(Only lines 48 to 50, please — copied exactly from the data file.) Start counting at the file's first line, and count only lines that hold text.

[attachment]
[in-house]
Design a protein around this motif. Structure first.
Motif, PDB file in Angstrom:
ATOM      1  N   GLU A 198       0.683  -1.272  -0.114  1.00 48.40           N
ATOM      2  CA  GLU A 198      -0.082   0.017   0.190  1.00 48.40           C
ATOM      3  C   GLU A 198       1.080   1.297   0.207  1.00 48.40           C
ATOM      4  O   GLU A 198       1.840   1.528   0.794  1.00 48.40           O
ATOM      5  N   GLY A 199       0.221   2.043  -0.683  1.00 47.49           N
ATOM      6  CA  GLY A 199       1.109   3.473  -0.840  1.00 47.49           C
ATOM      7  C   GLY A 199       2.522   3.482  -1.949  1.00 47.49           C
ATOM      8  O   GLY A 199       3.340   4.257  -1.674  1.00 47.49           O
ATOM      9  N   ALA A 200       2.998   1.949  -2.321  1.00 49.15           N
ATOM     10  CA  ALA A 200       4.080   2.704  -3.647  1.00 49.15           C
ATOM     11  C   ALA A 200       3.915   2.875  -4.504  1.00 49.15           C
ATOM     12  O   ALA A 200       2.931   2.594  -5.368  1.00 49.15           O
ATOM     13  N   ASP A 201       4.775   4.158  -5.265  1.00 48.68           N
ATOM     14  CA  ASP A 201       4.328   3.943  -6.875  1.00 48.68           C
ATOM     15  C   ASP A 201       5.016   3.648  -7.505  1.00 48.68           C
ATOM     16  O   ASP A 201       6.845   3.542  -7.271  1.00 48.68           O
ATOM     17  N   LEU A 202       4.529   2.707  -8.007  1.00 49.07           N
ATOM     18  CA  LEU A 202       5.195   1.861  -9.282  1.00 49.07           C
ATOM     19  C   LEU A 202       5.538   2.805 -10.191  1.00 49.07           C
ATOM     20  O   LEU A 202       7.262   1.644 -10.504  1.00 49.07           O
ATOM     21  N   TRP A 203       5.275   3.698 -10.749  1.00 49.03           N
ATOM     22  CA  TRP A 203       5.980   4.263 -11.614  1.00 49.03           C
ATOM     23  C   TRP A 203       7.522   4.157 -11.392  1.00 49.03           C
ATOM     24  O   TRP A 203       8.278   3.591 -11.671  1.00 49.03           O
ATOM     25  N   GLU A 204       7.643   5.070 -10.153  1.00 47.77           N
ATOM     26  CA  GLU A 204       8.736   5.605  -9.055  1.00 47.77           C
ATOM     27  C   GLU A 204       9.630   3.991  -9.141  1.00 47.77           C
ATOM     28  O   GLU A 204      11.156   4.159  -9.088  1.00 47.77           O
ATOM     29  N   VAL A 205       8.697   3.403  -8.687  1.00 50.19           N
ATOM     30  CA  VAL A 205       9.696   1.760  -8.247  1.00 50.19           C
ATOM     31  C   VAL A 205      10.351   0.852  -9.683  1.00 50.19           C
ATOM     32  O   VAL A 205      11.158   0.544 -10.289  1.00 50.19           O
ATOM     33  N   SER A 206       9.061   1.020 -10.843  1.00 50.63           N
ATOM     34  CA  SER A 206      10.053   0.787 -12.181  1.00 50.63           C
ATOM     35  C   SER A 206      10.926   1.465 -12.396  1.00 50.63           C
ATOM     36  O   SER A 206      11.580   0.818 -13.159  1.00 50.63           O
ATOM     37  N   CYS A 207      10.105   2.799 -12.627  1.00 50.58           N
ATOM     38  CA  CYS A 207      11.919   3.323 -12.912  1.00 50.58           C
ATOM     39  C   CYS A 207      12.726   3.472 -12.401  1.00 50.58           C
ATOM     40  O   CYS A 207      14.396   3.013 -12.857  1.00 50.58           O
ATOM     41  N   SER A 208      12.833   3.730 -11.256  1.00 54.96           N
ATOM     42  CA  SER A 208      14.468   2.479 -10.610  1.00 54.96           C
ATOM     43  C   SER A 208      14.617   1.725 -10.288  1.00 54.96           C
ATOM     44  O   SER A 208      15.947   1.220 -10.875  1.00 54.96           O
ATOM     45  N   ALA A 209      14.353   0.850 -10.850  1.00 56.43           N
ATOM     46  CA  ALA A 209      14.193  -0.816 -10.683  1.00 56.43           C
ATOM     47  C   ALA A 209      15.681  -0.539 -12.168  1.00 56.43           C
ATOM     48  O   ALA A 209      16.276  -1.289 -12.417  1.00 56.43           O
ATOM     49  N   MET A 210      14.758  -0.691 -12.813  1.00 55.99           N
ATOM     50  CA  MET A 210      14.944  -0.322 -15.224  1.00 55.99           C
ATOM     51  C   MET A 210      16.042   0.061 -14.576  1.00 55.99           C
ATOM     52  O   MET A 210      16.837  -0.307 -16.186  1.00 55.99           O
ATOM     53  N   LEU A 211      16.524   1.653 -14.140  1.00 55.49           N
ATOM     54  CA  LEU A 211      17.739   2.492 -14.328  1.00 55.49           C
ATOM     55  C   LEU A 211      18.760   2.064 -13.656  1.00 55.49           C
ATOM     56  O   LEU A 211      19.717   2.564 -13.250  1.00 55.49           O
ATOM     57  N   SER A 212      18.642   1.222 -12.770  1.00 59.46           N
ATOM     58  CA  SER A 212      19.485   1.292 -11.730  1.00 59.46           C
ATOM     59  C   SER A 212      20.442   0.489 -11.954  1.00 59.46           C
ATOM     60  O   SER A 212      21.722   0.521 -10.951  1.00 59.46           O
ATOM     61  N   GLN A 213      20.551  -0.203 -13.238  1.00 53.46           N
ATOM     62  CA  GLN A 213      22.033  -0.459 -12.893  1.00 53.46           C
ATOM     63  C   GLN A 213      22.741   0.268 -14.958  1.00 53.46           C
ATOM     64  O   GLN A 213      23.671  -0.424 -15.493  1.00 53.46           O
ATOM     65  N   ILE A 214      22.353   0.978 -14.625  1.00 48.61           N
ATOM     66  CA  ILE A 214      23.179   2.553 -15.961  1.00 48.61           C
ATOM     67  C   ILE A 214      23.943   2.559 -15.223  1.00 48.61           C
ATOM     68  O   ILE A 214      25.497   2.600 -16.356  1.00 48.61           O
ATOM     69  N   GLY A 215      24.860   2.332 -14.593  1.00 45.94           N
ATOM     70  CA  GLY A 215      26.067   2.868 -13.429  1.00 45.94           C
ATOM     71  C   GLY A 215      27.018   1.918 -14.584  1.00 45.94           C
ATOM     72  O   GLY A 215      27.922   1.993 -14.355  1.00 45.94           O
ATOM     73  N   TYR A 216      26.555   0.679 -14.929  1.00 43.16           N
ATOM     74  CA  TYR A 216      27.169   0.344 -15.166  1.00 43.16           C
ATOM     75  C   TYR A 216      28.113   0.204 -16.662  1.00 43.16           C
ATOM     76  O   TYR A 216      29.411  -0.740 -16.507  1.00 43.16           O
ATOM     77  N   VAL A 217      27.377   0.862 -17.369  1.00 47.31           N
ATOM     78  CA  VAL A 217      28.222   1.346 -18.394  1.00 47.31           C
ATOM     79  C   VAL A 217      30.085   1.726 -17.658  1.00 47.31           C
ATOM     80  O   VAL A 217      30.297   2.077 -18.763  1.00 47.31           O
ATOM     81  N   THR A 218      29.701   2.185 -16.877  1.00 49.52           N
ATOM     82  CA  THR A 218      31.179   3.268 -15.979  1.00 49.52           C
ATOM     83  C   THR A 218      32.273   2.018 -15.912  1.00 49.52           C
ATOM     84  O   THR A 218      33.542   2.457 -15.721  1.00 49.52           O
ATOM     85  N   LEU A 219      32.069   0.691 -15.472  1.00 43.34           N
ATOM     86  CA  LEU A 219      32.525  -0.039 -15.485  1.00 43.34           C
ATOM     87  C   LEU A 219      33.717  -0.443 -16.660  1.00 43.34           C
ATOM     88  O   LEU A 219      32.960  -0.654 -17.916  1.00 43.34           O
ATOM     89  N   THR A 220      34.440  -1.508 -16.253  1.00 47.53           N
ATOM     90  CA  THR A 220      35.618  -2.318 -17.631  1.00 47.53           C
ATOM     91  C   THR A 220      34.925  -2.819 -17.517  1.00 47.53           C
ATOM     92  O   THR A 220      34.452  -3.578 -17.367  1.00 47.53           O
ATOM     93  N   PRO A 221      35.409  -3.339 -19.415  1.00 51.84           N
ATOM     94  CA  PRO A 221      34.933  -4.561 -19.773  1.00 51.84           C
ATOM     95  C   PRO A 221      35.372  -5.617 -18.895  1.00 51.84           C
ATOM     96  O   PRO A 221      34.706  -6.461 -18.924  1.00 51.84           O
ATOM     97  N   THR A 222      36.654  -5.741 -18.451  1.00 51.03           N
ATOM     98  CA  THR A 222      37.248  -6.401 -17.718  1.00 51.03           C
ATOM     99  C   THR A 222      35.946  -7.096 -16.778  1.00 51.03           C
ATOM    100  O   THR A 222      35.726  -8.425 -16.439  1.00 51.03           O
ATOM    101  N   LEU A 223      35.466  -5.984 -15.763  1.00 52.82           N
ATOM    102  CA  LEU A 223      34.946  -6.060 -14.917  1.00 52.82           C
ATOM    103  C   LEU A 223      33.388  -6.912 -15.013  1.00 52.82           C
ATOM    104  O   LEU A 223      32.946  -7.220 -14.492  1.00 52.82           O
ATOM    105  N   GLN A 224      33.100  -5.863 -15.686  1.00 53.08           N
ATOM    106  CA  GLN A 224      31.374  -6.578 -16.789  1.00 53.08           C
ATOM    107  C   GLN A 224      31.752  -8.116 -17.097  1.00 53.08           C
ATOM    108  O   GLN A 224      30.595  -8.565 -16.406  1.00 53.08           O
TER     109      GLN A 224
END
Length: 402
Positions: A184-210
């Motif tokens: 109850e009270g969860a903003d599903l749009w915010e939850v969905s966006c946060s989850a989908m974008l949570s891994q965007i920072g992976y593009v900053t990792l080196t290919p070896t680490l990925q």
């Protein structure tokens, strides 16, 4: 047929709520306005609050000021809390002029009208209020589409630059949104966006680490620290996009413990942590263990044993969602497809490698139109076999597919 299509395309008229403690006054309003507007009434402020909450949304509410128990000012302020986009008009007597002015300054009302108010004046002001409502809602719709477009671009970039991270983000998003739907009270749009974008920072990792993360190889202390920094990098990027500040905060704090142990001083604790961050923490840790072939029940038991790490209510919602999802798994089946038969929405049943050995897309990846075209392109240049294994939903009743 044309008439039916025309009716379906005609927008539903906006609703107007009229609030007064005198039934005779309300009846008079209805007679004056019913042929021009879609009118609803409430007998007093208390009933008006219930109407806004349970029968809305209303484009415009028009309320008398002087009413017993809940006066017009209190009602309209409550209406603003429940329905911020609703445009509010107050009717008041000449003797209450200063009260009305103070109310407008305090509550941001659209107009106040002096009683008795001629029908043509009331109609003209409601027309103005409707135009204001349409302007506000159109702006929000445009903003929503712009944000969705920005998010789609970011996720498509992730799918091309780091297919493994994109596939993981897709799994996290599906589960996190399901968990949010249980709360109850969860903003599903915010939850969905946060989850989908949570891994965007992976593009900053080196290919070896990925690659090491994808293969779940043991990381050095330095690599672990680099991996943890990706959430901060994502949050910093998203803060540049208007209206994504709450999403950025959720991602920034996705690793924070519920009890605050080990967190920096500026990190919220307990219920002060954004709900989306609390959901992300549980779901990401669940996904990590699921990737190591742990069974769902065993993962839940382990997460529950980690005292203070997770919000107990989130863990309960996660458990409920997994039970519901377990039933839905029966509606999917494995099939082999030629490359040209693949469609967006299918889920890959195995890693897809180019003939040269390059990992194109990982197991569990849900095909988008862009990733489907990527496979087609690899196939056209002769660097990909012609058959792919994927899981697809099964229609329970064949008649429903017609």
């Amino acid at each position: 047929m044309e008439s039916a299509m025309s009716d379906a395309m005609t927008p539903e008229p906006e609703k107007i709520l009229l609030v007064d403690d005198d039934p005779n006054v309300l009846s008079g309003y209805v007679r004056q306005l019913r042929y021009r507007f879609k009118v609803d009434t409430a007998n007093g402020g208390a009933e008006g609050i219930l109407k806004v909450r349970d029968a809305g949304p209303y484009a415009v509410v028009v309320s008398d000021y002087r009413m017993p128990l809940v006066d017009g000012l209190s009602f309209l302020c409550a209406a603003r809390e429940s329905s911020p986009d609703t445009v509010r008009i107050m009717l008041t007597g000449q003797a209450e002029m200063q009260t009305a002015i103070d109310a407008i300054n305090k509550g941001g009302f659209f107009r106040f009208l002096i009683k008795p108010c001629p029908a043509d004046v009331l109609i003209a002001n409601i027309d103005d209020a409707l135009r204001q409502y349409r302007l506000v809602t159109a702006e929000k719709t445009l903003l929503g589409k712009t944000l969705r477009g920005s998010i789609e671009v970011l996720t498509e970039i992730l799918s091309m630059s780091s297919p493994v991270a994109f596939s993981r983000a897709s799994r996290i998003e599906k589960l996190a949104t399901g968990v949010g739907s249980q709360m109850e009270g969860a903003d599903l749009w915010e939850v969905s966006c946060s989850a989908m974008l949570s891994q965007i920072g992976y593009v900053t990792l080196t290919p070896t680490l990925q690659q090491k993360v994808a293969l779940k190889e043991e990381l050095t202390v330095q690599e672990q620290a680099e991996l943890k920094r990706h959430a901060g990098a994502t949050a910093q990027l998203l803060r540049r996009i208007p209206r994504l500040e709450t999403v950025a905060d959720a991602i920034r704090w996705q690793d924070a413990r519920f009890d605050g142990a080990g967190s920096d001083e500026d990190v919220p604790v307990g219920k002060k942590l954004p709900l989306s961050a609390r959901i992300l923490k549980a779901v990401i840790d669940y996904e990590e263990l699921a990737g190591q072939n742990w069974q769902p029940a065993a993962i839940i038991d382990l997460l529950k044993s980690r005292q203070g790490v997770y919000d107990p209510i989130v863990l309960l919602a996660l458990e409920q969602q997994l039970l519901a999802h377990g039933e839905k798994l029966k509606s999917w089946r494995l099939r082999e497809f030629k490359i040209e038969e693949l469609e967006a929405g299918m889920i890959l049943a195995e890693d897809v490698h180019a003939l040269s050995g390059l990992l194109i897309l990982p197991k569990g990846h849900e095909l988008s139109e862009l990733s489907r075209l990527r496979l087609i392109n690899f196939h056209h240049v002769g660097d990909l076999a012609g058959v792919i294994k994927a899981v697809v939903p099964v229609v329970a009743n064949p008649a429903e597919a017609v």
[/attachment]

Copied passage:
ATOM     45  N   ALA A 209      14.353   0.850 -10.850  1.00 56.43           N
ATOM     46  CA  ALA A 209      14.193  -0.816 -10.683  1.00 56.43           C
ATOM     47  C   ALA A 209      15.681  -0.539 -12.168  1.00 56.43           C